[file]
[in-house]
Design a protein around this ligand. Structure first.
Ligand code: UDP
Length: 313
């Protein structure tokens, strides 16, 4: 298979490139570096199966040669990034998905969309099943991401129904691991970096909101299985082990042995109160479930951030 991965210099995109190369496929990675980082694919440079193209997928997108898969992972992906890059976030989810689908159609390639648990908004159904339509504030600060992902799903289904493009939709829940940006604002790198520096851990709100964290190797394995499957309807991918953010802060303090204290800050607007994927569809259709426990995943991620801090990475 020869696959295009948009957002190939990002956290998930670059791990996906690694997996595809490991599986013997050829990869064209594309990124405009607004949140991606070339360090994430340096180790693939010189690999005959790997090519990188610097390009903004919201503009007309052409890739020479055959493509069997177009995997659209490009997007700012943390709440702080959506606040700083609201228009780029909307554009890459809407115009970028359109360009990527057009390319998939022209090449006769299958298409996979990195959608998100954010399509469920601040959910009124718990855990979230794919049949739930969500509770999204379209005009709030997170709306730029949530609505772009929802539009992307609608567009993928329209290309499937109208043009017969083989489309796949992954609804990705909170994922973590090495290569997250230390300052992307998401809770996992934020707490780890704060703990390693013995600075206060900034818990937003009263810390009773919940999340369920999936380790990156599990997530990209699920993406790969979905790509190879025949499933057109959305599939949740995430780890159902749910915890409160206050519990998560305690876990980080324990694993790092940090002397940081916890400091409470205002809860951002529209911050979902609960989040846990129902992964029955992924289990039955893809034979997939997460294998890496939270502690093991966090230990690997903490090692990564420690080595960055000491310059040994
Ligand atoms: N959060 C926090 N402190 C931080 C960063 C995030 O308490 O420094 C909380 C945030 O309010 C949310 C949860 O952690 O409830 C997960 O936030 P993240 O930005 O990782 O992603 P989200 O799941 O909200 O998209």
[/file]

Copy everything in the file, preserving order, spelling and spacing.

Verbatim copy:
[in-house]
Design a protein around this ligand. Structure first.
Ligand code: UDP
Length: 313
């Protein structure tokens, strides 16, 4: 298979490139570096199966040669990034998905969309099943991401129904691991970096909101299985082990042995109160479930951030 991965210099995109190369496929990675980082694919440079193209997928997108898969992972992906890059976030989810689908159609390639648990908004159904339509504030600060992902799903289904493009939709829940940006604002790198520096851990709100964290190797394995499957309807991918953010802060303090204290800050607007994927569809259709426990995943991620801090990475 020869696959295009948009957002190939990002956290998930670059791990996906690694997996595809490991599986013997050829990869064209594309990124405009607004949140991606070339360090994430340096180790693939010189690999005959790997090519990188610097390009903004919201503009007309052409890739020479055959493509069997177009995997659209490009997007700012943390709440702080959506606040700083609201228009780029909307554009890459809407115009970028359109360009990527057009390319998939022209090449006769299958298409996979990195959608998100954010399509469920601040959910009124718990855990979230794919049949739930969500509770999204379209005009709030997170709306730029949530609505772009929802539009992307609608567009993928329209290309499937109208043009017969083989489309796949992954609804990705909170994922973590090495290569997250230390300052992307998401809770996992934020707490780890704060703990390693013995600075206060900034818990937003009263810390009773919940999340369920999936380790990156599990997530990209699920993406790969979905790509190879025949499933057109959305599939949740995430780890159902749910915890409160206050519990998560305690876990980080324990694993790092940090002397940081916890400091409470205002809860951002529209911050979902609960989040846990129902992964029955992924289990039955893809034979997939997460294998890496939270502690093991966090230990690997903490090692990564420690080595960055000491310059040994
Ligand atoms: N959060 C926090 N402190 C931080 C960063 C995030 O308490 O420094 C909380 C945030 O309010 C949310 C949860 O952690 O409830 C997960 O936030 P993240 O930005 O990782 O992603 P989200 O799941 O909200 O998209």